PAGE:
Dead Dicks

Reviewed By Jay Seaver
Posted 02/22/20 01:43:08

"A nifty blend of the tragic and the absurd."
4 stars (Worth A Look)

SCREENED AT BOSTON SCI-FI FILM FESTIVAL 45: I find myself inclined to cut "Dead Dicks" an extra little bit of slack because here's something just tantalizing and absurd enough about the concept that one wants to see it done even if there's probably no way to make it something one can actually believe in. So while the filmmakers often have some trouble stretching their movie far enough to cover absolutely everything that they want to include, the narrative membrane doesn't quite get so thin as to tear, and that it lives right on the line between "very much independent" and "underground" works to its advantage.

The filmmakers put a content warning about suicide on the front, and the film earns it right away, showing a young man (Heston Horwin) committing suicide. It then moves to his sister Becca (Jillian Harris), who has just been accepted to nursing school with a focus on treating mental illness, the faculty feeling her personal experience will be of benefit. So she goes to work as a bartender, only to receive messages from her brother all night, eventually alarming her enough to go check on him. She does not, as the opening might suggest, find him dead, but just more inconsiderate than usual, walking around naked, cranking the stereo loud enough for downstairs neighbor Matt (Matt Keyes) to threaten calling the police. No, he's called her because there's something on one of his walls that births a new Richie when he dies - and he has killed himself several times that day.

Since death is not permanent within those walls, Dead Dicks is not entirely about suicide itself but mental health in general, magnified. Filmmakers Chris Bavota & Lee Paula Springer place these siblings in a small space and then run Richie through cycles of of highs and lows, thinking he's found a shortcut around dealing with his problems or has been given a fresh start without any actual work on the underlying issues. It leaves the sister who has often taken on the responsibility of dealing with the fallout a bigger, bloodier mess to wrangle - indeed, by the end, it's clear that she is as in need of a chance to hit reset as her brother, as she is just as trapped, with it quite likely that there is no satisfying exit to be found from this situation.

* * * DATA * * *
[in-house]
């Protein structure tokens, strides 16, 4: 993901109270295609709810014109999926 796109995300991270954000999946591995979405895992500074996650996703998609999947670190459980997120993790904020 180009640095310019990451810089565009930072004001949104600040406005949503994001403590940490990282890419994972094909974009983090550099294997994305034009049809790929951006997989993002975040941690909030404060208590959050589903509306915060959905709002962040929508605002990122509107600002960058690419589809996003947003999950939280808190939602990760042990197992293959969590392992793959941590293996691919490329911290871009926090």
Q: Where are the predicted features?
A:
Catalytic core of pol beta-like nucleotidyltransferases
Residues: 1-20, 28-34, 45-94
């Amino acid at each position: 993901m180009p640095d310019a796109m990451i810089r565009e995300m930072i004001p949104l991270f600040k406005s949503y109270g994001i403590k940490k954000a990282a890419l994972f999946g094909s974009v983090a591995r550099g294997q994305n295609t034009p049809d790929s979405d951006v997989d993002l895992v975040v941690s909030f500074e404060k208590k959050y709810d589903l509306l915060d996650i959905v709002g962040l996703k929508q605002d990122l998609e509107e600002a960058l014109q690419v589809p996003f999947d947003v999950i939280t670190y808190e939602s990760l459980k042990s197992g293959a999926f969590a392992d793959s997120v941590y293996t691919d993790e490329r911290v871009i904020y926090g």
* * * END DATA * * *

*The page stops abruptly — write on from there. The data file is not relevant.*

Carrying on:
It's odd to say that one of the things I like about Dead Dicks is that it encourages the audience to get frustrated with its mentally ill title character without less guilt than might be typical, and doesn't treat it as a secret power (Richie is an artist, but creativity is not treated as a side-effect of his depression). The present asymmetry in the siblings' relationship plays as honest, and helps put the audience in a place where they feel how lous Becca's options can be, playing on the instinct to make accommodations in a way that isn't blindly contrarian, rather giving the characters freedom to make decisions that the audience may need a second or two to accept. That helps the small cast do their work immensely - Heston Horwin can play Richie as having quickly accepted his situation because it fits his personality to have that sort of tunnel vision, while Jillian Harris is able to sink a little with every extra bit of weight she takes on. They've got a natural rapport that establishes a lifetime of history binding them together even before they start spelling it out.

It's still got some big issues, aside from how the big wall-vagina is minimalist enough that the audience is either going to have to decide to roll with it or bail earl. The biggest issue is that Springer and Bavota often seem to be making rules up as they go along to keep the premise from falling apart; that a lot of these rules come from Richie helps some because it allows them to be questionable rather than something to be accepted instantly and completely, but it's contradictory enough in places to feel like the filmmakers didn't think through Richie not thinking things through. That includes an ending that generally feels like it doesn't quite match the rest of the film, both in terms of the mechanics not quite fitting and the resolution being a bit unsatisfying.

Sometimes a story like this is just about what a situation is like rather than how to fix it, and maybe that's for the best in a fantasy like this. It settles better with a little thought, which means the film it's likely to improve a bit in one's estimation later, even if it initially might be a bit of a stretch.

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